"It's a little strange," Smith said. "Obviously, I've come a long way in a year."

He's come a long way since junior high, when his father, Doug, finally let him play football. This is unheard of in today's warp-drive world of child athletic development, where mouthpieces sometimes serve as de facto pacifiers. But it hardly constituted arrested development for Alex.

Doug Smith was not opposed to the game -- he played in college at Weber State with his big brother, John L. Smith, and coached high school ball for many years. He simply didn't want his son burned out on the sport too early.

"For Alex it became something that was fresh, and he was excited about it," said Doug Smith, principal at Helix High School in La Mesa, Calif. "And he entered it when he was physically able to enjoy it."

Football had actually been something of a pleasant diversion for Doug Smith and his brothers while growing up in Idaho Falls, Idaho. The family tree was densely branched in that area a few generations back, thanks to a forebear who allegedly had three wives and 20 children, but in later years they were known for different reasons. The Smiths were a brood of tough cowboy kids who could ride horses, rope calves and kick your tail in a variety of sports.

Growing up on a rough-and-tumble ranch, they did enough rugged physical labor on a daily basis that blocking and tackling was a breeze.

"From an early age you had to learn to put up with aches and pains and bumps, and still get up and do what you needed to do," Doug Smith said. "That was just work ethic. My kids get tired of me talking about that."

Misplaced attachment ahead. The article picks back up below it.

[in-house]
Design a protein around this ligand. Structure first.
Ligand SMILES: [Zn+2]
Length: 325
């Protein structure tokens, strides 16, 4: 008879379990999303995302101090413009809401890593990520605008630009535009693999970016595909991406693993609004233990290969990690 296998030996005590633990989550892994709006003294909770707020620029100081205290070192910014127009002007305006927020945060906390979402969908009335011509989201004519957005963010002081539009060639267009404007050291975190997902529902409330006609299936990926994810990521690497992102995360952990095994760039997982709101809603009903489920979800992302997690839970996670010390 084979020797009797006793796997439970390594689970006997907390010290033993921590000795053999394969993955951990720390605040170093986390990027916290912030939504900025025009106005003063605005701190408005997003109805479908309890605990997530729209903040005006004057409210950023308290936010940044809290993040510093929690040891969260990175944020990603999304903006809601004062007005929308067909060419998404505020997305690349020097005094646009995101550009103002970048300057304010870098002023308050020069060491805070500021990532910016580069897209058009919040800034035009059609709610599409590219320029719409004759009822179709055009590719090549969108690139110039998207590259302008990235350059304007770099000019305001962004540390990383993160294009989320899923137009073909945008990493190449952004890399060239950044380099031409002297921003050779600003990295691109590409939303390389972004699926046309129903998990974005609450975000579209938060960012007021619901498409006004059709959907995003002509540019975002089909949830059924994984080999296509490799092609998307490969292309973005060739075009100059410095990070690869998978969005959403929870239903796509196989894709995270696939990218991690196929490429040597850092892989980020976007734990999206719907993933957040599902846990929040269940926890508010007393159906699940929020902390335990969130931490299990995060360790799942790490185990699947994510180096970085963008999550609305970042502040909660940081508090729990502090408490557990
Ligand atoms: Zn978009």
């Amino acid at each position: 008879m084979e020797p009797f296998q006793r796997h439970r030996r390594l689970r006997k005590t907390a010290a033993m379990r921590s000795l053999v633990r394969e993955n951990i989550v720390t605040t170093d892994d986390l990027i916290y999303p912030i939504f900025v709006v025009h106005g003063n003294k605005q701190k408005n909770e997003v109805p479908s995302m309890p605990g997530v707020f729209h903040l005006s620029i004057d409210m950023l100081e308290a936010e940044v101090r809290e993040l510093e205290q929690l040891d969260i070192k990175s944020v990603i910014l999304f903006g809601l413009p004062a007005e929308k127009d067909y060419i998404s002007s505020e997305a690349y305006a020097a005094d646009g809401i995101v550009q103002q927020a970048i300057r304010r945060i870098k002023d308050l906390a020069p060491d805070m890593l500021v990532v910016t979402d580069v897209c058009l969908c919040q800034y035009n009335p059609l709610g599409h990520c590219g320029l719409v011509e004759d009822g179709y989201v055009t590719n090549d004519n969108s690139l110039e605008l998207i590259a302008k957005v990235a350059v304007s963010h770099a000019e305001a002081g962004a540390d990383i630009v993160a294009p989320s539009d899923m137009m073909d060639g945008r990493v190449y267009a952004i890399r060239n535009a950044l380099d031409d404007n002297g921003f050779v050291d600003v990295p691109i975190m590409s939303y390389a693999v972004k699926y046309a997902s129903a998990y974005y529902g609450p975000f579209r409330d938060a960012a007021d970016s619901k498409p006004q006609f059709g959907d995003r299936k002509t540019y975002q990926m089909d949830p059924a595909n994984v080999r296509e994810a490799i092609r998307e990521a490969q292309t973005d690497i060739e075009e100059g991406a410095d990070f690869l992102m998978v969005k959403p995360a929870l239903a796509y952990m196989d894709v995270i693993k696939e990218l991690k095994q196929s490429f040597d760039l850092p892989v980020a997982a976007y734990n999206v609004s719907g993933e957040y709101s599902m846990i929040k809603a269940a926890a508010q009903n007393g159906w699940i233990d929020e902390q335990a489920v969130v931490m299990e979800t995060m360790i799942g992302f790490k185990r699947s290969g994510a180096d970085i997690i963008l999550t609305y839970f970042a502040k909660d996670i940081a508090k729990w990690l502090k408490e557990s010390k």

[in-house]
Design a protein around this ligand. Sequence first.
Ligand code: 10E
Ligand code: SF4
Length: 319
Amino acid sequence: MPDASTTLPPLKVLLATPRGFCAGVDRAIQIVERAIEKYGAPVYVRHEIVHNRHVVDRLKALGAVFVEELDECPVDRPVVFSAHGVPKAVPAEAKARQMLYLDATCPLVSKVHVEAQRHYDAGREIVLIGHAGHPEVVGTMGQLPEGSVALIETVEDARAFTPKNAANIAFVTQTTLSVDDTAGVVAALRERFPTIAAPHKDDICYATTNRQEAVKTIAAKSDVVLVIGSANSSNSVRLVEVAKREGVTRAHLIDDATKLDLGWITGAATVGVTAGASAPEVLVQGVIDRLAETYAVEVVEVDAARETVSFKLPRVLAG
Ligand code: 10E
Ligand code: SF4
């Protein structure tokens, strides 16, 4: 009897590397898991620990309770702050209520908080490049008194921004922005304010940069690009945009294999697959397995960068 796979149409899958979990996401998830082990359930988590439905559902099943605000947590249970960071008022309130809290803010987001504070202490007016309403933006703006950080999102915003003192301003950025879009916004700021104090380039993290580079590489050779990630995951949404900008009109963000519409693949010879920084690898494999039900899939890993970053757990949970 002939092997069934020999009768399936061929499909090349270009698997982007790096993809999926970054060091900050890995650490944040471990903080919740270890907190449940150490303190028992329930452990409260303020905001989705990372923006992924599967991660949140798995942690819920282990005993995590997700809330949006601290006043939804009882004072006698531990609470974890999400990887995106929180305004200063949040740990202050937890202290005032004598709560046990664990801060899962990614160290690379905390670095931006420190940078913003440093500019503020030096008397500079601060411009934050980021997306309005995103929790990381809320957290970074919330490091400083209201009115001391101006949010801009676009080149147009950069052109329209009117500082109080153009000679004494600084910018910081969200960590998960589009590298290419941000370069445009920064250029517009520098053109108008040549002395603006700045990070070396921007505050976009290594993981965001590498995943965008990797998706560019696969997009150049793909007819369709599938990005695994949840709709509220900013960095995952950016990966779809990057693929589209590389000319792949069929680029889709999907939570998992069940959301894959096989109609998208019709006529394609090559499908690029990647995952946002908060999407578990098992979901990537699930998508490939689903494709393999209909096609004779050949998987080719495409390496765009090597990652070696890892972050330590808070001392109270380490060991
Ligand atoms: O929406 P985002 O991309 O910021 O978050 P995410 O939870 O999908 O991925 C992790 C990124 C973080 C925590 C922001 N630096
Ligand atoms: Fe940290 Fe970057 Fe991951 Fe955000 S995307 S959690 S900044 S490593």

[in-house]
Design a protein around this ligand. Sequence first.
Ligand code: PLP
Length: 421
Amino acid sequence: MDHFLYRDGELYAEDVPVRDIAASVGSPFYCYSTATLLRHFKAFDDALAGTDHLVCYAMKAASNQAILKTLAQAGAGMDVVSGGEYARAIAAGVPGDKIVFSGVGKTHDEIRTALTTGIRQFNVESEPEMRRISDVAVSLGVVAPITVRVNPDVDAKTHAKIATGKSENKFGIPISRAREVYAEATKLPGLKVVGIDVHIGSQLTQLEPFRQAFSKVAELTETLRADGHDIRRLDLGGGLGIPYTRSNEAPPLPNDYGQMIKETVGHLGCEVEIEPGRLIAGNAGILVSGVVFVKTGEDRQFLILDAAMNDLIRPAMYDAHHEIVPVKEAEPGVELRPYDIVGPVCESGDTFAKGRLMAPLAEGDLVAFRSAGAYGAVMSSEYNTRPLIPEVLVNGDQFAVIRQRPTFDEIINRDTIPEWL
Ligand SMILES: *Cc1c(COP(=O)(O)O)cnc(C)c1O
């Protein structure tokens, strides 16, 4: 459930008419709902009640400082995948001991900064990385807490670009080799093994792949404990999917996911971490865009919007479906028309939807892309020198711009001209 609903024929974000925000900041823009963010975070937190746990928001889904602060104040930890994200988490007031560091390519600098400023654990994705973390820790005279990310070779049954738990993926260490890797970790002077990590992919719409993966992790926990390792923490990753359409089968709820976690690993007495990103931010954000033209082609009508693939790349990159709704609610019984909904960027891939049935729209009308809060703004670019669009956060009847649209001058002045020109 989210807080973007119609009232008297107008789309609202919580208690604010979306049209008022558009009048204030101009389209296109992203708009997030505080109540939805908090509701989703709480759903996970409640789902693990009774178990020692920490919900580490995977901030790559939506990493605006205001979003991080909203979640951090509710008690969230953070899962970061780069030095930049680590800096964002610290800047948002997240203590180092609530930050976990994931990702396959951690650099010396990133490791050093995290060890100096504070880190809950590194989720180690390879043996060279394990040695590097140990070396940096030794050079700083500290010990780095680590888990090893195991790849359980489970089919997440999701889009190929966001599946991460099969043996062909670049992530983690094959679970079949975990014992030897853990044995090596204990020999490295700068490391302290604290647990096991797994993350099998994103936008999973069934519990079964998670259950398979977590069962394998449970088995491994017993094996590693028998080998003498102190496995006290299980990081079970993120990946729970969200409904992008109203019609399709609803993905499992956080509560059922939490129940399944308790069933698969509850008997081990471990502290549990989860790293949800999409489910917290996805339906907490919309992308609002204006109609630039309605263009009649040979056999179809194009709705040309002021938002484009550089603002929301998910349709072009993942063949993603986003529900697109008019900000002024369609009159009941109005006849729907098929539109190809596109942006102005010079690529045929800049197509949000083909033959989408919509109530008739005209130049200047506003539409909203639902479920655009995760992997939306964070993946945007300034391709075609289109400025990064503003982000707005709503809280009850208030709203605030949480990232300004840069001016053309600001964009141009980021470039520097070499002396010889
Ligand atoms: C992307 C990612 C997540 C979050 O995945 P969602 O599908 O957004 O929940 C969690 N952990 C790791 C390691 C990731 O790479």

The work ethic was passed down, and so was the family's first avocation, skiing. Not even relocating from the Rockies to sunny SoCal during Alex's youth has dampened his passion for powder.

Now Alex can take on the nastiest slopes the Rockies have to offer, and loves shredding the hills outside the family's condominium in Big Sky, Mont., on his snowboard.

"He's gone over to the dark side," lamented Doug, a skiing purist.

Going to Utah has kept Alex knee-deep in snow -- during the offseason only, coaches' orders -- but it wasn't his ideal school choice. In high school he wanted to go to Louisville to play for his uncle, John L.

"That was a dream for him," Doug Smith said.

But John L.'s star was on the rise at Louisville by the time Alex was a senior at Helix, and he told his nephew there was no guarantee he'd be his coach for four years. Sure enough, John L. was gone a year later to Michigan State.

"He told me he wasn't going to be there," Alex said. "He was honest with me. He was really the only reason I wanted to go there, and there were so many things I liked about Utah and the team that it was a good choice for me."

It's all worked out perfectly since then, in the classroom and on the field. And if this season unfolds according to hopes and dreams, Alex Smith of Utah could be one of the sexiest names in the game.

Pat Forde is a senior writer for ESPN.com. He can be reached at ESPN4D@aol.com.